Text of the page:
hot deserts - Thar desert

  • Created by: aliya.03
  • Created on: 30-09-18 15:55

hot deserts intro

deserts mean anywhere recieves an average of less than 250mm of rainfall a year

they are generally found at latitudes 30 degress north and south 

they have a high pressure and are very hot an dry in the day

they are rarely cloudy and can be below freezing at night 

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what are the soils like

the soils are sandy or stony and contain little organic material 

they soak up water quickly and are dry

they also lack fertility and evaporation darws salt to the soil surface which i called salizination which makes it harder fro plants yo grow 

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adaptations- animals

the desert jerboa 

the live in burrowa and are mainyl nocturnal as well as getting their moistrure from seeds and vegetation

you also have camels which have thick fur on the top of their body for shade and thin fur elsewhere for heat loss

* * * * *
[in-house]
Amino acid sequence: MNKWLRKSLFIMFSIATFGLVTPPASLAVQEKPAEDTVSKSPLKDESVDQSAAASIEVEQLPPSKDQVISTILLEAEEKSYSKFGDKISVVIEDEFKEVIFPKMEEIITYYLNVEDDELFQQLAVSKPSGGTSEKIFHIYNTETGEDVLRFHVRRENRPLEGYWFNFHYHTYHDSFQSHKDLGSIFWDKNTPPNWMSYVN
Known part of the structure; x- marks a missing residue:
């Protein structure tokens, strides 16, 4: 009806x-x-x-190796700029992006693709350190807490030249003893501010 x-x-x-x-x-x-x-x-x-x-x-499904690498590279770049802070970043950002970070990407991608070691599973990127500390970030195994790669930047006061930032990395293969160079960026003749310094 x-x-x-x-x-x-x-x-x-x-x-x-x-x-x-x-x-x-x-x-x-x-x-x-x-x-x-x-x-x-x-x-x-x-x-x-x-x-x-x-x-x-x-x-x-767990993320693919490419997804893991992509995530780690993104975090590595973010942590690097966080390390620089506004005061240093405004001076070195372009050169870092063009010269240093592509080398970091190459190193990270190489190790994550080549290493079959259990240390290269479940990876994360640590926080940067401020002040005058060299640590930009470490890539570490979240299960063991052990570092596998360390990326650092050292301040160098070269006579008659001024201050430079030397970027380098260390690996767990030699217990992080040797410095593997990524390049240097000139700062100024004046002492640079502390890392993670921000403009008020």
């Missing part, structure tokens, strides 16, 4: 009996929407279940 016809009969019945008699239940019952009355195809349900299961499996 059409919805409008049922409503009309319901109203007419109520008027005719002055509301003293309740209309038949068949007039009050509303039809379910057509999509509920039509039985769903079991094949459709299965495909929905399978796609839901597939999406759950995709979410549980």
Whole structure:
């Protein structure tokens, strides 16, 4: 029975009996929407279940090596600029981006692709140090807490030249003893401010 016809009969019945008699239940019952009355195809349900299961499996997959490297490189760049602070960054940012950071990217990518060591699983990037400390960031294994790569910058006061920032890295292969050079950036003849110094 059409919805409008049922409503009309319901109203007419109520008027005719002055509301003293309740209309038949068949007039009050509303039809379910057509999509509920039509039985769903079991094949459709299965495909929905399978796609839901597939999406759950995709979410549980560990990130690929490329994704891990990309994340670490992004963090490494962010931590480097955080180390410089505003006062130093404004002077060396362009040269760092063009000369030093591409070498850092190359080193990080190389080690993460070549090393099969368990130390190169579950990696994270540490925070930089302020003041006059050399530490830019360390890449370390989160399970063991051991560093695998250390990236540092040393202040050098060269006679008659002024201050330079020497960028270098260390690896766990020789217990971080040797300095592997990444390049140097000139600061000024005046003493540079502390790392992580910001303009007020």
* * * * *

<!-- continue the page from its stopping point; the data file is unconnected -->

they also have a alarge sa:v ratio to loose a lot of heat 

they alos have the ability to go for a long time without food because of the fat tored in the humps 

they can cope with little water by not sweating and producing minimal urine 

they also have slit like nostrils and two rows of eyelashes to help keep the sand out 

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adaptations - plants

joshua trees 

they have an exstensive netwrok of roots near the soil surface allowing it to cope wiht dry soils where water evaporates quickly and large soil particels that water draisn throuh freely